Since the Marshall County High School shooting on Jan. 23, 2018, the community has deliberated ways to increase security and safety for its students. In the fall of 2018, 12 metal detectors were installed in three different schools in the district.
Five years later, the efforts to increase safety continue to be a top priority for the Marshall County Board of Education. In April, the board approved the purchase of six new weapons detections systems for its schools.
Four of the systems were bought with approximately $400,000 from federal Elementary and Secondary School Emergency Relief funds through the American Rescue Plan. The federal funding supports the safe and sustained return to in-person learning and expands equity by supporting students who need it most, particularly those most impacted by the COVID-19 pandemic.
Software for the remaining two systems will be funded for four years through a grant.
The systems purchased will use sensor technology and artificial intelligence to screen students and visitors. The systems are faster than metal detectors because they can scan people without them having to stop or hand over their belongings to be searched.
“Metal detectors are great and make people safe,” Superintendent Steve Miracle told the board at its April 20 meeting. “But right now, many students have to take off their belts and shoes each day. This [new system] removes that. The students will now be able to walk in and it will feel more like school again. And it’s even more safe than what we’re currently doing.”
Other Kentucky school districts, such as Christian and Jefferson, have also purchased advanced weapon-detection systems for their schools.
The new systems, according to Marshall County Director of Pupil Personnel Brent Lovett, are “evolved, safer and more accurate.” He said that the systems are “very quick and user friendly and safer than what we have now.”
Once the new systems are in place at Marshall County High School, North Marshall Middle School and South Marshall Middle School, the metal detectors those schools currently have will be moved to the district’s elementary schools to screen visitors.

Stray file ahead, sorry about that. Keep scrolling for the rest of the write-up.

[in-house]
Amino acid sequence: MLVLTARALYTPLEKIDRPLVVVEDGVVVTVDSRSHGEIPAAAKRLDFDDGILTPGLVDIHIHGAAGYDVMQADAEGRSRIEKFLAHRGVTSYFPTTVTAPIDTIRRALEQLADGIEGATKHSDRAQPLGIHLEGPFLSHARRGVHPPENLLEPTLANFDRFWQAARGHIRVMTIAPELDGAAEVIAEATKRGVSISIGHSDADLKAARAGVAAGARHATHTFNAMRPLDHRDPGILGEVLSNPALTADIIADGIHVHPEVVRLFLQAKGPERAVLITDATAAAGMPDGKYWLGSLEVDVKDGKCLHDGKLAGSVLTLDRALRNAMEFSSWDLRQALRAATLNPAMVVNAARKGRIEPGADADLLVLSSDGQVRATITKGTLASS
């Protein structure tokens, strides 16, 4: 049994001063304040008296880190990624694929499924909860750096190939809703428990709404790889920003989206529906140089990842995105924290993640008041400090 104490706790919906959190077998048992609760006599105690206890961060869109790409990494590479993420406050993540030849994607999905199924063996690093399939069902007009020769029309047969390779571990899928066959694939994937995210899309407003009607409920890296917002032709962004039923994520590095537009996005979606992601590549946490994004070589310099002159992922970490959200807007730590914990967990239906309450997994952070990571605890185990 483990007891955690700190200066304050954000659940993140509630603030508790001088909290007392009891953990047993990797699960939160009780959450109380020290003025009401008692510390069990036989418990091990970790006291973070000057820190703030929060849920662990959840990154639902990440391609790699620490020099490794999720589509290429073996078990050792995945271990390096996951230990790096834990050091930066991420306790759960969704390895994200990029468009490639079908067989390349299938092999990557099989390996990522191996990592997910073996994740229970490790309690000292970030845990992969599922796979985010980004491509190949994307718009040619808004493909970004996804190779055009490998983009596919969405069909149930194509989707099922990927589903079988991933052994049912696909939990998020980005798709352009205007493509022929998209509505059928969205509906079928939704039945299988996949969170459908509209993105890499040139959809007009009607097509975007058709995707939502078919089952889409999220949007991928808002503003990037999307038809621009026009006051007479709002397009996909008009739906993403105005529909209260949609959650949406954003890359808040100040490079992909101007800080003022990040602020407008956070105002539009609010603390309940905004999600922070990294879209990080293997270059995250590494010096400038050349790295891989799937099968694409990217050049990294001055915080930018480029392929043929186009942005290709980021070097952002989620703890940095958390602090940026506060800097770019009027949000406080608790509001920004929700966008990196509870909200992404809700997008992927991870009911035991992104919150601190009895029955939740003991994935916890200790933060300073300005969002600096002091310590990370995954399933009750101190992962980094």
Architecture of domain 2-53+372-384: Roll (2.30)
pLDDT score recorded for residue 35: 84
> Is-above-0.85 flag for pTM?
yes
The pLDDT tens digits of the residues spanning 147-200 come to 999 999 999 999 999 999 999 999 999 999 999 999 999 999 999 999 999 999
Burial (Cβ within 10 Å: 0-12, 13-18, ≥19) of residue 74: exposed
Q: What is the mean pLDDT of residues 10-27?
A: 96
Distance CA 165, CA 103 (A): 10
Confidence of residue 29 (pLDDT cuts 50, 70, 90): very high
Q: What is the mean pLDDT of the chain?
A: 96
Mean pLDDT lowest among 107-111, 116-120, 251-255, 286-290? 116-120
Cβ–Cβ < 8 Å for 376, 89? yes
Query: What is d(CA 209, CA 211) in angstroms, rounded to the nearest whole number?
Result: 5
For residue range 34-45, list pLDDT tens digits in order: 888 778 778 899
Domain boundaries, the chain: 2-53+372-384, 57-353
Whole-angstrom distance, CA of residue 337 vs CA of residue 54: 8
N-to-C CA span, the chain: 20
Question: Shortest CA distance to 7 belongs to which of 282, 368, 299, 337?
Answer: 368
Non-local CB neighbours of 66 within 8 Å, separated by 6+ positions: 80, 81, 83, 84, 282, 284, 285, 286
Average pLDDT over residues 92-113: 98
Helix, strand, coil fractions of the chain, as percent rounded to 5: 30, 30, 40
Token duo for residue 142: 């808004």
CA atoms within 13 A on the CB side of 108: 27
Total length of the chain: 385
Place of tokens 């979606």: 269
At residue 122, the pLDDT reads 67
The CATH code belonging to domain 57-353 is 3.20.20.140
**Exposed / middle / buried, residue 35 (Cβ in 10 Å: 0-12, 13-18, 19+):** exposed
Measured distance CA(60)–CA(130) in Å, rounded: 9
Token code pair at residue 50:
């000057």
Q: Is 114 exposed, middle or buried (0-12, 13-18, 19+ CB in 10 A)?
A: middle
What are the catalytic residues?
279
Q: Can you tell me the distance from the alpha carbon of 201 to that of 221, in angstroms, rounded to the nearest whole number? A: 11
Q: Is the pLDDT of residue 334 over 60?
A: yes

Miracle told school board members at their April 20 meeting that a committee was formed in December to begin reviewing the new system, which it recommended buying after reviewing it in action in a school in Illinois.
Some students have shown support for their school district’s efforts to prioritize their safety. They like that the new system is convenient and they will not have long congested lines, said Sarah Umbarger, a junior at Marshall County High School.
Umbarger said she is grateful for the district’s efforts to prioritize students’ safety.
She said while the current system does make her feel safe, she was happy to learn said the school would be getting an even better system.
“Although I wish we didn’t live in a world where this is needed, I do feel better knowing this will be in place when I go back to school in August,” she said. “Knowing that my school is making student safety a top priority means a lot to me.”
Umbarger is actively involved in the Kentucky Department of Education’s Commissioner’s Student Advisory Council, which released a report on measures that could be taken to increase school safety that was presented to lawmakers and state officials in January.
“Our goal is for students to have the best education possible. Before they can be ready to learn, they have to feel safe,” she said. “Hopefully our report can give guidance to help students feel safer in their schools.”
Marshall County’s school resource officer Chris Glenn –who previously worked in both the Marshall and McCracken County Sheriff’s Offices — agrees with Umbarger that safety is important in schools and must always come first.
“Priority number one is the safety of the students and we do whatever we need to do so that they are safe and feel safe,” he said.
Glenn also made the point that the “same systems are at professional sporting events, Disney, and Six Flags.”
The district anticipates the new systems to be fully installed in all schools by the start of the 2023-2024 school year.